Lauritz Vilhelm Pacht
Danish showman, painter, lithographer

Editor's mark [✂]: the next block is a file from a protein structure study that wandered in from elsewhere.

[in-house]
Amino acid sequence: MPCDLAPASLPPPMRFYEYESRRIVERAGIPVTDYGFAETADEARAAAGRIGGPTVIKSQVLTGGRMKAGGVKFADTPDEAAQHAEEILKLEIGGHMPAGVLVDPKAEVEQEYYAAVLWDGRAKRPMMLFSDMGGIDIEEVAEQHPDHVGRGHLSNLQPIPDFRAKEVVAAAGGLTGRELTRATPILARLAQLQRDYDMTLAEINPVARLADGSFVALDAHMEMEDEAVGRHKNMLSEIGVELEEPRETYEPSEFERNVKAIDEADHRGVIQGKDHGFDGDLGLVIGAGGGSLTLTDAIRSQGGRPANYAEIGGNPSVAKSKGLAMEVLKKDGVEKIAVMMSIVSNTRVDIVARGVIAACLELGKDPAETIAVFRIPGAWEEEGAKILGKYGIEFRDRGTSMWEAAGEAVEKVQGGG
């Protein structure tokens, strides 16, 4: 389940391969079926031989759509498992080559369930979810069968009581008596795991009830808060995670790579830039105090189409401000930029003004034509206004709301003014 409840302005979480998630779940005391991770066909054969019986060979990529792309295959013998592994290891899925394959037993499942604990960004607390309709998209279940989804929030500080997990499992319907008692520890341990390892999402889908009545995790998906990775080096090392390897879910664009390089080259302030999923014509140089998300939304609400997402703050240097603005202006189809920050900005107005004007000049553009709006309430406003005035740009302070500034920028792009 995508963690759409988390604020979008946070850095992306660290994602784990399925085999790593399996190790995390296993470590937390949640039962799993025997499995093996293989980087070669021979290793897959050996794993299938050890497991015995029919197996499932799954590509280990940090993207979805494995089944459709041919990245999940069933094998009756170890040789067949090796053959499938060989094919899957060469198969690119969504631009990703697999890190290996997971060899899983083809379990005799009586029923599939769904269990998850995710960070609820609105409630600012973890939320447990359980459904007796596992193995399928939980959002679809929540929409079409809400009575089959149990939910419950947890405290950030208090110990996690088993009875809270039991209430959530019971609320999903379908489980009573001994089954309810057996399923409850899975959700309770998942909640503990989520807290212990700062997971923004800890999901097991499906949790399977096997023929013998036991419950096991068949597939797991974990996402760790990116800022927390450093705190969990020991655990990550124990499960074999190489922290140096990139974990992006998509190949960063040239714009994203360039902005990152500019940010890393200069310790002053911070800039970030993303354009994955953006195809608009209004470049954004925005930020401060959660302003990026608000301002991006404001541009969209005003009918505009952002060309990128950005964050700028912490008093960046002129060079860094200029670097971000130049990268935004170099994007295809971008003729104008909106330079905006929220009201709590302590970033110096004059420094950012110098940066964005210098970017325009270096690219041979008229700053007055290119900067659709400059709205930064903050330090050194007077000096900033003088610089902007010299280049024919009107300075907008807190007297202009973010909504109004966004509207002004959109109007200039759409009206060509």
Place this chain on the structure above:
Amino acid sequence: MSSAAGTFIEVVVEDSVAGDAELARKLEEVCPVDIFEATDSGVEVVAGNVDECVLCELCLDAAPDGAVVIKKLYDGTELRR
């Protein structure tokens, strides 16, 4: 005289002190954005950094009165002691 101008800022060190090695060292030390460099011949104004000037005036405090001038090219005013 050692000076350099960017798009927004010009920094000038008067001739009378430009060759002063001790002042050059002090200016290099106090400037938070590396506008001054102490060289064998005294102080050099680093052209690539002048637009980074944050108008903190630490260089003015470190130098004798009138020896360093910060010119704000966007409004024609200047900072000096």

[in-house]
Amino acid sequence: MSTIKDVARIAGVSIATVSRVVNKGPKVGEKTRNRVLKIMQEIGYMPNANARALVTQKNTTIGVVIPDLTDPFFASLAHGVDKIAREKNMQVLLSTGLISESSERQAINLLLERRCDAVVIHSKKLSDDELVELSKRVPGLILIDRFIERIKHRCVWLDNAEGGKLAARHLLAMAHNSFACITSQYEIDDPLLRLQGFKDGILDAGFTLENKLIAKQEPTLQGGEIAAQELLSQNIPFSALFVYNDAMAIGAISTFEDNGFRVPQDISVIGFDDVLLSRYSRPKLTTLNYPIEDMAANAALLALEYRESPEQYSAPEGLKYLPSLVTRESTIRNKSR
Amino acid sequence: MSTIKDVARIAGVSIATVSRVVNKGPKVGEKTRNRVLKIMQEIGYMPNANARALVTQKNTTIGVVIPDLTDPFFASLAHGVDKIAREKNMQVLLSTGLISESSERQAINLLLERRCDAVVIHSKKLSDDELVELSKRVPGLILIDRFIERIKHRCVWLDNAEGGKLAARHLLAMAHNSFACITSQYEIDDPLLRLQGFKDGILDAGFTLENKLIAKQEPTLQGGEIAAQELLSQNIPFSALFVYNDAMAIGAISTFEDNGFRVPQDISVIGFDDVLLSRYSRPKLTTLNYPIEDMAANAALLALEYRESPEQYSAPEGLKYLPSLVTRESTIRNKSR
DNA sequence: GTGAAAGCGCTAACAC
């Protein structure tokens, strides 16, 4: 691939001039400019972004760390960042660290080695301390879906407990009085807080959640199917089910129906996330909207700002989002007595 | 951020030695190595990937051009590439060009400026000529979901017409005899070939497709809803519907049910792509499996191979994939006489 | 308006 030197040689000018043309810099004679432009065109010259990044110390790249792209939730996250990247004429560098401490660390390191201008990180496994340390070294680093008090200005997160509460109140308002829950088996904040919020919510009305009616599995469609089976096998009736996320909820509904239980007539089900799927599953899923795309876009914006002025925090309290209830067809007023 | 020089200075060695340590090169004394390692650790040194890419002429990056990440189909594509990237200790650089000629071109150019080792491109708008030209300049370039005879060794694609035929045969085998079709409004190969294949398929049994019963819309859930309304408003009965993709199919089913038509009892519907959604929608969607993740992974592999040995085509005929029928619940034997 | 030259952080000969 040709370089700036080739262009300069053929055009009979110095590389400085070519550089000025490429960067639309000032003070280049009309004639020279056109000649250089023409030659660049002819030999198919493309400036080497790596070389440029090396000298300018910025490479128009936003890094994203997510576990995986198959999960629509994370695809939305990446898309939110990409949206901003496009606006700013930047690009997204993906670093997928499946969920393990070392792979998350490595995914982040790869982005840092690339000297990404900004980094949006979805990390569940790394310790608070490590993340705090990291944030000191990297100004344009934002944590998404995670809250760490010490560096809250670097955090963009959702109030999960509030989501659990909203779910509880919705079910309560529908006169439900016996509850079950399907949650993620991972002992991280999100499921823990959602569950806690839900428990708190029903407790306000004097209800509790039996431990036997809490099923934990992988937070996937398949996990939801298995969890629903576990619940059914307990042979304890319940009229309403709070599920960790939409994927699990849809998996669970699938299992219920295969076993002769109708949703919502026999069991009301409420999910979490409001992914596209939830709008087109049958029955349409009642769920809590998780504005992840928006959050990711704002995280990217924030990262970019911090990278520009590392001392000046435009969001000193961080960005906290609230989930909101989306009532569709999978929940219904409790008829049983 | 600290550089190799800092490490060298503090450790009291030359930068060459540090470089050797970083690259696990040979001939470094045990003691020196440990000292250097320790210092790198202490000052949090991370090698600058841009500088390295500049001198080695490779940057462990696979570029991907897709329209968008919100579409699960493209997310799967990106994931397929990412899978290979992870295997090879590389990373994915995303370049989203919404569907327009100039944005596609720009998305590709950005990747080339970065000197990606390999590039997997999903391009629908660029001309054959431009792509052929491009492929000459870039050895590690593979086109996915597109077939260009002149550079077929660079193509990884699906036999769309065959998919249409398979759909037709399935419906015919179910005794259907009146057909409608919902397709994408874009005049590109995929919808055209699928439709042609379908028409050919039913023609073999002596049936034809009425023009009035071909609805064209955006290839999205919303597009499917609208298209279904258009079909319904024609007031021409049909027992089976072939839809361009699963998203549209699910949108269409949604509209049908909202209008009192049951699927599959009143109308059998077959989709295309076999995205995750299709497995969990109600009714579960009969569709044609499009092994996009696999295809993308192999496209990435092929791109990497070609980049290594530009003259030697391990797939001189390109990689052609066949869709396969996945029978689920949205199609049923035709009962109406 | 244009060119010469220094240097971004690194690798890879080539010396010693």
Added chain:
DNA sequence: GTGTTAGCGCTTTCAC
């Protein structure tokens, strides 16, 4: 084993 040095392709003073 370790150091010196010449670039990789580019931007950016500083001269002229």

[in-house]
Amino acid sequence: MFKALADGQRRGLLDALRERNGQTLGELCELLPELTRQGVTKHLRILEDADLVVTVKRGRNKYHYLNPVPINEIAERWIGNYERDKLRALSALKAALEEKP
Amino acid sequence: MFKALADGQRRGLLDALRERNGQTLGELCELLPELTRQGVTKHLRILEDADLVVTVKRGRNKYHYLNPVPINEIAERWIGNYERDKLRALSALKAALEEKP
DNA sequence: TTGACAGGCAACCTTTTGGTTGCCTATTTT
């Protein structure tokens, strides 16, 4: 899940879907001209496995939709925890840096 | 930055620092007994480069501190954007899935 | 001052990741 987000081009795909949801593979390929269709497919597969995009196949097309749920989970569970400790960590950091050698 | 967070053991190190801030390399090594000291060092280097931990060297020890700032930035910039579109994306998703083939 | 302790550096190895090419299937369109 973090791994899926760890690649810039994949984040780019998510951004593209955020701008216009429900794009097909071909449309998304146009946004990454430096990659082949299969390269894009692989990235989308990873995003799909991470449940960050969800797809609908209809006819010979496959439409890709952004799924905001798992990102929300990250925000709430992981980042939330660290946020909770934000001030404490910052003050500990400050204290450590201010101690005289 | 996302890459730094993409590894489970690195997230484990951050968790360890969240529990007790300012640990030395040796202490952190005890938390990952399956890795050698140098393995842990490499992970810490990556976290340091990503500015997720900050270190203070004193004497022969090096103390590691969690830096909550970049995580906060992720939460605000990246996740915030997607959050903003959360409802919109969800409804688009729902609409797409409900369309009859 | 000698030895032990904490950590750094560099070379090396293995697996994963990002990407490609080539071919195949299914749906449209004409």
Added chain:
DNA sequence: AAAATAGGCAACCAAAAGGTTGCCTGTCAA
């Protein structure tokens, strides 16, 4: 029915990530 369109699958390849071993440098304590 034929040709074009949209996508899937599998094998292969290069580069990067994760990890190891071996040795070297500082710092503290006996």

Vilhelm Pacht introduced the cinema to Denmark, when he opened a show of living pcitures at his Panorama on the square in front of the city hall in Copenhagen on 7 June 1896, just a few days before Max Skladanowsky exhibited his Bioscop in the pantomime theatre of the Tivoli Gardens (11 June). A well-known and modern-thinking member of Charlottenborg society, Pacht was a respected painter by the late 1860s, and in 1874 opened Denmark's first printing studio for the production of heliotypes and colour lithographs. He opened his Panoptikon, a 'cabinett' of scientific and natural curiosities and entertainments in 1885, and two years later started a factory which manufactured paint and artists' materials, including the new ready-to-use paint in tubes. He presented gramophone concerts with an Edison Phonograph, and dabbled in a variety of electrical and panoramic attractions. When word of the existence of 'living pictures' reached Denmark, he characteristrically set out on a trip to Berlin, Paris, and London to investigate the phenomenon and see if it could be added to his presentations in Copenhagen. The Lumières refused him a Cinématographe, and Pacht returned with a Kineoptikon of Birt Acres, and with films of Acres and Robert Paul. French sources until only recently had stated that Pacht opened a Lumière Cinématiographe in Copenhagen, but the Lumières had already given the Danish concession to photographer Harald Limkilde, who suddenly decided to open his apparatus on 28 June in Malmo, Sweden, on the occasion of an industrial exhibition; the Cinématographe never appeared in Copenhagen. The Danish Royal Family visited Pacht's screening on 10 June; on 18 June Pacht's tent was burned to the ground, with the loss of his apparatus and films, as a result of an arson fire started by an electrician Pacht had dismissed. The show was reopened with a new Acres machine and new films on 30 June, and the Kineoptikon remained an occasional attraction at Pacht's Panoptikon through 1900. Well-established in Copenhagen, Pacht continued to run his various establishments, and to teach painting at the art school until his death in 1912.